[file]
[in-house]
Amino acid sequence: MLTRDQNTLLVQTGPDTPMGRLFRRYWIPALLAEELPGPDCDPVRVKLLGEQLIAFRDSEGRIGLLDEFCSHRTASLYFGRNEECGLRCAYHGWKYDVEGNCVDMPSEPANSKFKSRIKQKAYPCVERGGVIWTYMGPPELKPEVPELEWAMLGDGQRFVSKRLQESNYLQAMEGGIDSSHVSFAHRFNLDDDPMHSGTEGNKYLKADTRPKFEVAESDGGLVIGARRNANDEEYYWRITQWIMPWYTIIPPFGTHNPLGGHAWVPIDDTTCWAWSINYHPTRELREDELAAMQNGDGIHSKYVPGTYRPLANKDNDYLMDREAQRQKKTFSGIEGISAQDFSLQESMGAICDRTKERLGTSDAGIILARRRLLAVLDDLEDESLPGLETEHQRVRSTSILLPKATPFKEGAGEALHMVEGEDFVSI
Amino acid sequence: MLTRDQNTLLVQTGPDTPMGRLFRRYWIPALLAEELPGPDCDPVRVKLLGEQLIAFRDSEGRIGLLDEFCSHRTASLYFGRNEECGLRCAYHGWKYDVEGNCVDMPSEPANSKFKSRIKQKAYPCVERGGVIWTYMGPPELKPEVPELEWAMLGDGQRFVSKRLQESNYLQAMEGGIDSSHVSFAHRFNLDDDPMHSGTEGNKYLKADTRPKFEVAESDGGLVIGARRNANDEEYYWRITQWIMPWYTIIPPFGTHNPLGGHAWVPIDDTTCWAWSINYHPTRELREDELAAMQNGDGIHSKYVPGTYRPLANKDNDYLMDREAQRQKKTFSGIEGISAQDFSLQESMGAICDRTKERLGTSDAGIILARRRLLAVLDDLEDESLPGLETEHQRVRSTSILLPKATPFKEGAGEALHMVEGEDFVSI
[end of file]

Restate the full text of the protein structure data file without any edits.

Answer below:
[in-house]
Amino acid sequence: MLTRDQNTLLVQTGPDTPMGRLFRRYWIPALLAEELPGPDCDPVRVKLLGEQLIAFRDSEGRIGLLDEFCSHRTASLYFGRNEECGLRCAYHGWKYDVEGNCVDMPSEPANSKFKSRIKQKAYPCVERGGVIWTYMGPPELKPEVPELEWAMLGDGQRFVSKRLQESNYLQAMEGGIDSSHVSFAHRFNLDDDPMHSGTEGNKYLKADTRPKFEVAESDGGLVIGARRNANDEEYYWRITQWIMPWYTIIPPFGTHNPLGGHAWVPIDDTTCWAWSINYHPTRELREDELAAMQNGDGIHSKYVPGTYRPLANKDNDYLMDREAQRQKKTFSGIEGISAQDFSLQESMGAICDRTKERLGTSDAGIILARRRLLAVLDDLEDESLPGLETEHQRVRSTSILLPKATPFKEGAGEALHMVEGEDFVSI
Amino acid sequence: MLTRDQNTLLVQTGPDTPMGRLFRRYWIPALLAEELPGPDCDPVRVKLLGEQLIAFRDSEGRIGLLDEFCSHRTASLYFGRNEECGLRCAYHGWKYDVEGNCVDMPSEPANSKFKSRIKQKAYPCVERGGVIWTYMGPPELKPEVPELEWAMLGDGQRFVSKRLQESNYLQAMEGGIDSSHVSFAHRFNLDDDPMHSGTEGNKYLKADTRPKFEVAESDGGLVIGARRNANDEEYYWRITQWIMPWYTIIPPFGTHNPLGGHAWVPIDDTTCWAWSINYHPTRELREDELAAMQNGDGIHSKYVPGTYRPLANKDNDYLMDREAQRQKKTFSGIEGISAQDFSLQESMGAICDRTKERLGTSDAGIILARRRLLAVLDDLEDESLPGLETEHQRVRSTSILLPKATPFKEGAGEALHMVEGEDFVSI